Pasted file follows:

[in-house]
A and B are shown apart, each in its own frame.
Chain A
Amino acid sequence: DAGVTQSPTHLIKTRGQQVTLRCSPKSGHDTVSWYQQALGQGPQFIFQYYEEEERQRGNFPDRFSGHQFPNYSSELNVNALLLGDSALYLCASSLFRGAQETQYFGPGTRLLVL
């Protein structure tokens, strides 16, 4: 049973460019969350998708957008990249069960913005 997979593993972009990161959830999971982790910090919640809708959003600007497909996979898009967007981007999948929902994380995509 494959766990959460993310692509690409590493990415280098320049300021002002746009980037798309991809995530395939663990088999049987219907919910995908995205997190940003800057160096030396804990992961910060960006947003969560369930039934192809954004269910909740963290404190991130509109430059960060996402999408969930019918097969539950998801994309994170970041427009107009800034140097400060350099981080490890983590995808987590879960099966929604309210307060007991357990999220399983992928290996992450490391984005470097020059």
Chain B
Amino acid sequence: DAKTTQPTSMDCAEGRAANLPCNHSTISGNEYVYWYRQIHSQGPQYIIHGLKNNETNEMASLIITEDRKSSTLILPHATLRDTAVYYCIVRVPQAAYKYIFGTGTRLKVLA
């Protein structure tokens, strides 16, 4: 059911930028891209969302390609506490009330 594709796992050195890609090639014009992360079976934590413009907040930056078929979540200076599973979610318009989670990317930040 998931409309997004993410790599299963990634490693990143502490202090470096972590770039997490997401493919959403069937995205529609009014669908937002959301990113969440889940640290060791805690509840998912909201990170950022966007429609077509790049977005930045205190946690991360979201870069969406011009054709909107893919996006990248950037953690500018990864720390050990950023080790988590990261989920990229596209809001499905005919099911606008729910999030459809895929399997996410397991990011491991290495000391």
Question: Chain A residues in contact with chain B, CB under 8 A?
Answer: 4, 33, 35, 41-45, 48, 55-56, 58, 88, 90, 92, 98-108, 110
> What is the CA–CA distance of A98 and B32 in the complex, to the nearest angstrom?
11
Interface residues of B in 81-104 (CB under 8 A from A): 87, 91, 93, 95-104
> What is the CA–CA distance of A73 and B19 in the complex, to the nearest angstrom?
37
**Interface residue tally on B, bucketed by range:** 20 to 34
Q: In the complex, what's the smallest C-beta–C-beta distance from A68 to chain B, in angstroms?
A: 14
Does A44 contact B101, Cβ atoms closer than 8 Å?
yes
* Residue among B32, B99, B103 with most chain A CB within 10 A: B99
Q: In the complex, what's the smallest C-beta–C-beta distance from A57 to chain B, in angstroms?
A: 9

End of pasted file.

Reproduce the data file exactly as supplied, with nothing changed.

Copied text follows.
[in-house]
A and B are shown apart, each in its own frame.
Chain A
Amino acid sequence: DAGVTQSPTHLIKTRGQQVTLRCSPKSGHDTVSWYQQALGQGPQFIFQYYEEEERQRGNFPDRFSGHQFPNYSSELNVNALLLGDSALYLCASSLFRGAQETQYFGPGTRLLVL
């Protein structure tokens, strides 16, 4: 049973460019969350998708957008990249069960913005 997979593993972009990161959830999971982790910090919640809708959003600007497909996979898009967007981007999948929902994380995509 494959766990959460993310692509690409590493990415280098320049300021002002746009980037798309991809995530395939663990088999049987219907919910995908995205997190940003800057160096030396804990992961910060960006947003969560369930039934192809954004269910909740963290404190991130509109430059960060996402999408969930019918097969539950998801994309994170970041427009107009800034140097400060350099981080490890983590995808987590879960099966929604309210307060007991357990999220399983992928290996992450490391984005470097020059």
Chain B
Amino acid sequence: DAKTTQPTSMDCAEGRAANLPCNHSTISGNEYVYWYRQIHSQGPQYIIHGLKNNETNEMASLIITEDRKSSTLILPHATLRDTAVYYCIVRVPQAAYKYIFGTGTRLKVLA
């Protein structure tokens, strides 16, 4: 059911930028891209969302390609506490009330 594709796992050195890609090639014009992360079976934590413009907040930056078929979540200076599973979610318009989670990317930040 998931409309997004993410790599299963990634490693990143502490202090470096972590770039997490997401493919959403069937995205529609009014669908937002959301990113969440889940640290060791805690509840998912909201990170950022966007429609077509790049977005930045205190946690991360979201870069969406011009054709909107893919996006990248950037953690500018990864720390050990950023080790988590990261989920990229596209809001499905005919099911606008729910999030459809895929399997996410397991990011491991290495000391």
Question: Chain A residues in contact with chain B, CB under 8 A?
Answer: 4, 33, 35, 41-45, 48, 55-56, 58, 88, 90, 92, 98-108, 110
> What is the CA–CA distance of A98 and B32 in the complex, to the nearest angstrom?
11
Interface residues of B in 81-104 (CB under 8 A from A): 87, 91, 93, 95-104
> What is the CA–CA distance of A73 and B19 in the complex, to the nearest angstrom?
37
**Interface residue tally on B, bucketed by range:** 20 to 34
Q: In the complex, what's the smallest C-beta–C-beta distance from A68 to chain B, in angstroms?
A: 14
Does A44 contact B101, Cβ atoms closer than 8 Å?
yes
* Residue among B32, B99, B103 with most chain A CB within 10 A: B99
Q: In the complex, what's the smallest C-beta–C-beta distance from A57 to chain B, in angstroms?
A: 9